Objectives: A systematic review and meta-analysis was conducted to provide an accurate estimate of the incidence rate of microscopic colitis (MC) and to assess the association between medication use and the risk of MC.
Methods: We searched Medline, Embase, and Institute for Scientific Information (ISI) Web of Science up to 26 September 2014 to identify published epidemiological studies of MC. The pooled incidence rate, female-to-male incidence rate ratio, age at diagnosis, prevalence, as well as odds ratios (ORs) of MC in association with medication use were calculated using a fixed-effects model or a random-effects model.
Results: Of the 1,972 citations retrieved, 25 studies were included. Pooled incidence rate of collagenous colitis (CC) was 4.14 (95% confidence interval (CI) 2.89-5.40) per 100,000 person-years and 4.85 (95% CI, 3.45-6.25) for lymphocytic colitis (LC). The female-to-male incidence rate ratios were 3.05 (95% CI 2.92-3.19) for CC and 1.92 (95% CI 1.53-2.31) for LC. The median age at diagnosis for CC was 64.9 (range, 57.03-72.78) years, similar to LC (median 62.18, range 53.99-70.38). Furthermore, the incidence rate of MC increased with rising age. A steadily increasing trend of incidence rate for both CC and LC was observed before 2000; however, the incidence rate since then has become stable in the United States, Sweden, and Spain. An increased risk of MC was associated with the use of proton pump inhibitors (PPIs) and selective serotonin reuptake inhibitors (SSRIs) (OR 2.68, 95% CI 1.73-4.17 and OR 2.41, 95% CI 1.64-3.53, respectively).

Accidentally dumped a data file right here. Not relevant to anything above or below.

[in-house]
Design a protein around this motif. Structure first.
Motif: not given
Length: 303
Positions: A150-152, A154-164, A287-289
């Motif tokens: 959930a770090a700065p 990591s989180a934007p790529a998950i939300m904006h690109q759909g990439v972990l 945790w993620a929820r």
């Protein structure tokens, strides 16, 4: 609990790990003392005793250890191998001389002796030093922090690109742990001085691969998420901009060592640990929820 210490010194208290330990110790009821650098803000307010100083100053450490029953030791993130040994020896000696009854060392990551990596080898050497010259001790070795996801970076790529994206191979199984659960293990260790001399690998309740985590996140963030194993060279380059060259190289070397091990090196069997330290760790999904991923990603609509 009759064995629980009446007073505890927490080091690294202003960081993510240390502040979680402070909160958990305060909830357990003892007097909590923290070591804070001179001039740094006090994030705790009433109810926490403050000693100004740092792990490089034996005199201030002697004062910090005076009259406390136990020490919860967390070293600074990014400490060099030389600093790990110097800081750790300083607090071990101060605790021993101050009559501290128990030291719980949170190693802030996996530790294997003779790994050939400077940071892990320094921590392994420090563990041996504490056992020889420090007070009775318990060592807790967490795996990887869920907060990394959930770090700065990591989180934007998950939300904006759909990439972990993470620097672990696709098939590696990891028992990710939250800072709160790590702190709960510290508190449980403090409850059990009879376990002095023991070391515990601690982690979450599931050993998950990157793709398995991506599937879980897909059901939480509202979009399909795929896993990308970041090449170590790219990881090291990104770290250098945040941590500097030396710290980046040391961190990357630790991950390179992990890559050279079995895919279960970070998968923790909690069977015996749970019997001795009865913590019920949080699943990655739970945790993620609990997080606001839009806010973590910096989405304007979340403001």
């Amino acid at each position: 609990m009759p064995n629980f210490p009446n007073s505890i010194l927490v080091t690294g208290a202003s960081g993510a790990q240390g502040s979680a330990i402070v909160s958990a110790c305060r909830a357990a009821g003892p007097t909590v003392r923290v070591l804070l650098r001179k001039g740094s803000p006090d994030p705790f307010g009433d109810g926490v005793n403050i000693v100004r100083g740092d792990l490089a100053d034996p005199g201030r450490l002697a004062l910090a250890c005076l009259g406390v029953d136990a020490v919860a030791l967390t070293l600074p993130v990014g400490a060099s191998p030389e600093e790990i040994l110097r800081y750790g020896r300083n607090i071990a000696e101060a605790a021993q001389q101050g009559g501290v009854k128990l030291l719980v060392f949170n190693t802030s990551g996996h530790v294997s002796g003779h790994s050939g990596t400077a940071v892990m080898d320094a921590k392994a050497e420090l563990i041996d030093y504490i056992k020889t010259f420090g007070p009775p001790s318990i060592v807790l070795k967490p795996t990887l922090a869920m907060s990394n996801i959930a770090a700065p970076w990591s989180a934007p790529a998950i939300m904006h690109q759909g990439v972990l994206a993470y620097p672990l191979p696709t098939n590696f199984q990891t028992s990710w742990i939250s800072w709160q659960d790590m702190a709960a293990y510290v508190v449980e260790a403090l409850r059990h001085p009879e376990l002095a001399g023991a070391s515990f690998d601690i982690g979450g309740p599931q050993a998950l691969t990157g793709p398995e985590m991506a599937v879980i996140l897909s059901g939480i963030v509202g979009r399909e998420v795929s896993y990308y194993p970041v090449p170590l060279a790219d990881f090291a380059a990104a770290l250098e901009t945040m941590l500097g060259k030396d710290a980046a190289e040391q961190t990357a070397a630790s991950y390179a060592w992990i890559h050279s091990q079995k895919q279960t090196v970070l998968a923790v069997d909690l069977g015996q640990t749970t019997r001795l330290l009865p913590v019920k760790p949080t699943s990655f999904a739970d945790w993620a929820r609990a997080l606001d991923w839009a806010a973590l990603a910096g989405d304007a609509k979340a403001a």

Conclusions: MC is a common disease process. Female gender, increased age, and the use of PPIs and SSRIs are associated with a significantly increased risk of developing MC. Further work is needed to evaluate reported data from developing countries and to elucidate the biologic mechanisms behind the risk factors for MC.